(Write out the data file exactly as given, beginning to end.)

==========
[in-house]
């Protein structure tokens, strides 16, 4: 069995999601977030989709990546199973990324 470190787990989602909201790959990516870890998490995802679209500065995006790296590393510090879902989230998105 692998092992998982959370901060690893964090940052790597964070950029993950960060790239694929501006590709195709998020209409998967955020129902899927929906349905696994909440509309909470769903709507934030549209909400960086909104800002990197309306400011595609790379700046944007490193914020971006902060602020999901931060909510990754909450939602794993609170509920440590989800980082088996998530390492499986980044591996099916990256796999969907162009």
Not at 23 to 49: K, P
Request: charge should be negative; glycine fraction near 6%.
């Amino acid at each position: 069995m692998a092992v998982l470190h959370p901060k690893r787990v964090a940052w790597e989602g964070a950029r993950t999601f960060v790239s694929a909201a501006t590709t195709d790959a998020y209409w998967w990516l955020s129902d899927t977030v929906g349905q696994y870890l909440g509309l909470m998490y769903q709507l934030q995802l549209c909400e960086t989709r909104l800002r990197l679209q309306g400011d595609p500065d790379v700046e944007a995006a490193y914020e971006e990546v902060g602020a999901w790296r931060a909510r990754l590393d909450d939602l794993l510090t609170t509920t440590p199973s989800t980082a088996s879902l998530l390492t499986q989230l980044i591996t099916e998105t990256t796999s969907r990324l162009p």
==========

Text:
[in-house]
């Protein structure tokens, strides 16, 4: 069995999601977030989709990546199973990324 470190787990989602909201790959990516870890998490995802679209500065995006790296590393510090879902989230998105 692998092992998982959370901060690893964090940052790597964070950029993950960060790239694929501006590709195709998020209409998967955020129902899927929906349905696994909440509309909470769903709507934030549209909400960086909104800002990197309306400011595609790379700046944007490193914020971006902060602020999901931060909510990754909450939602794993609170509920440590989800980082088996998530390492499986980044591996099916990256796999969907162009």
Not at 23 to 49: K, P
Request: charge should be negative; glycine fraction near 6%.
């Amino acid at each position: 069995m692998a092992v998982l470190h959370p901060k690893r787990v964090a940052w790597e989602g964070a950029r993950t999601f960060v790239s694929a909201a501006t590709t195709d790959a998020y209409w998967w990516l955020s129902d899927t977030v929906g349905q696994y870890l909440g509309l909470m998490y769903q709507l934030q995802l549209c909400e960086t989709r909104l800002r990197l679209q309306g400011d595609p500065d790379v700046e944007a995006a490193y914020e971006e990546v902060g602020a999901w790296r931060a909510r990754l590393d909450d939602l794993l510090t609170t509920t440590p199973s989800t980082a088996s879902l998530l390492t499986q989230l980044i591996t099916e998105t990256t796999s969907r990324l162009p």